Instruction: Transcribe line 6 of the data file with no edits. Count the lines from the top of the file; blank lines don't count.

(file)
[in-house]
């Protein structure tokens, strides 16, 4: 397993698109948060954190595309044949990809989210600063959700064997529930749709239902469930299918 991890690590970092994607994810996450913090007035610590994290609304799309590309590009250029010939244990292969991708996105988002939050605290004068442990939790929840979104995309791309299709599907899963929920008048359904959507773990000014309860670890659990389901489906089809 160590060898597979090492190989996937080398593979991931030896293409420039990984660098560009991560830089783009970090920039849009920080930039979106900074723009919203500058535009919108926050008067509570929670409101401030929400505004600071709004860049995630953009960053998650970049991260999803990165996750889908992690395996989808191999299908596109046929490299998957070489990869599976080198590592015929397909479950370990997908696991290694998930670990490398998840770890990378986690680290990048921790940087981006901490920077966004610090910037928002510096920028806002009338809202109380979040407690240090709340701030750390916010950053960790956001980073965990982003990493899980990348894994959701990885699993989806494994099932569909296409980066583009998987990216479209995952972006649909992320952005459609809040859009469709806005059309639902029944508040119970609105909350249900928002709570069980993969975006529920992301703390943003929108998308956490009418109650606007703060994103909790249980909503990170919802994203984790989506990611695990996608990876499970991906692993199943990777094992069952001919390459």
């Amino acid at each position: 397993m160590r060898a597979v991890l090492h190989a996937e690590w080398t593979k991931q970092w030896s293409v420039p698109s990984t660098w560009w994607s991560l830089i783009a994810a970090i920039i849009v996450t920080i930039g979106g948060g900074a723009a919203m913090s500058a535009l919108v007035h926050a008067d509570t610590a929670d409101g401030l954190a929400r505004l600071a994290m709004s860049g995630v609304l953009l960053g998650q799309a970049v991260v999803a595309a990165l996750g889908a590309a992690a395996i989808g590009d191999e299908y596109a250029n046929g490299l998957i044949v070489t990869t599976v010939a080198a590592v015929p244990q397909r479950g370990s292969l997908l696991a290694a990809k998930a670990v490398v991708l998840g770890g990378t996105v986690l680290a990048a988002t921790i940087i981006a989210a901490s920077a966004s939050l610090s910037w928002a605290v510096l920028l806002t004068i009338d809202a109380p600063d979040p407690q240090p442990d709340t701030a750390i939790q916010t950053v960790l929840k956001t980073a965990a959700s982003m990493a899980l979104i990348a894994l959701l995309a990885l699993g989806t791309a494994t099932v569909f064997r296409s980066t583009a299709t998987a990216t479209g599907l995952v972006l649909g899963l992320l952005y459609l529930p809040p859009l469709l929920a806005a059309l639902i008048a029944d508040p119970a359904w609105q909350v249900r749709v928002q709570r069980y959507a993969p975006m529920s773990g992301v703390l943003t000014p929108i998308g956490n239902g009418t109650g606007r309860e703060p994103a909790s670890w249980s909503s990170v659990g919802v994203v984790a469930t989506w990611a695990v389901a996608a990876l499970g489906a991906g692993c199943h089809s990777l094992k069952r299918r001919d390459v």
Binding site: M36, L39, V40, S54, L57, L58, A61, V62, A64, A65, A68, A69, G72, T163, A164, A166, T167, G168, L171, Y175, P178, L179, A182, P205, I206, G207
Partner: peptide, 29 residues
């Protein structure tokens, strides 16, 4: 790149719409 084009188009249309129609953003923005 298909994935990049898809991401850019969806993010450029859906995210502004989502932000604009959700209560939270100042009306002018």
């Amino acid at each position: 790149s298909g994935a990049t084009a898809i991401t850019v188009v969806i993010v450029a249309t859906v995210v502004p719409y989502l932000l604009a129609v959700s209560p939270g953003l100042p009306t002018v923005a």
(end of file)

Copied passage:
């Protein structure tokens, strides 16, 4: 790149719409 084009188009249309129609953003923005 298909994935990049898809991401850019969806993010450029859906995210502004989502932000604009959700209560939270100042009306002018």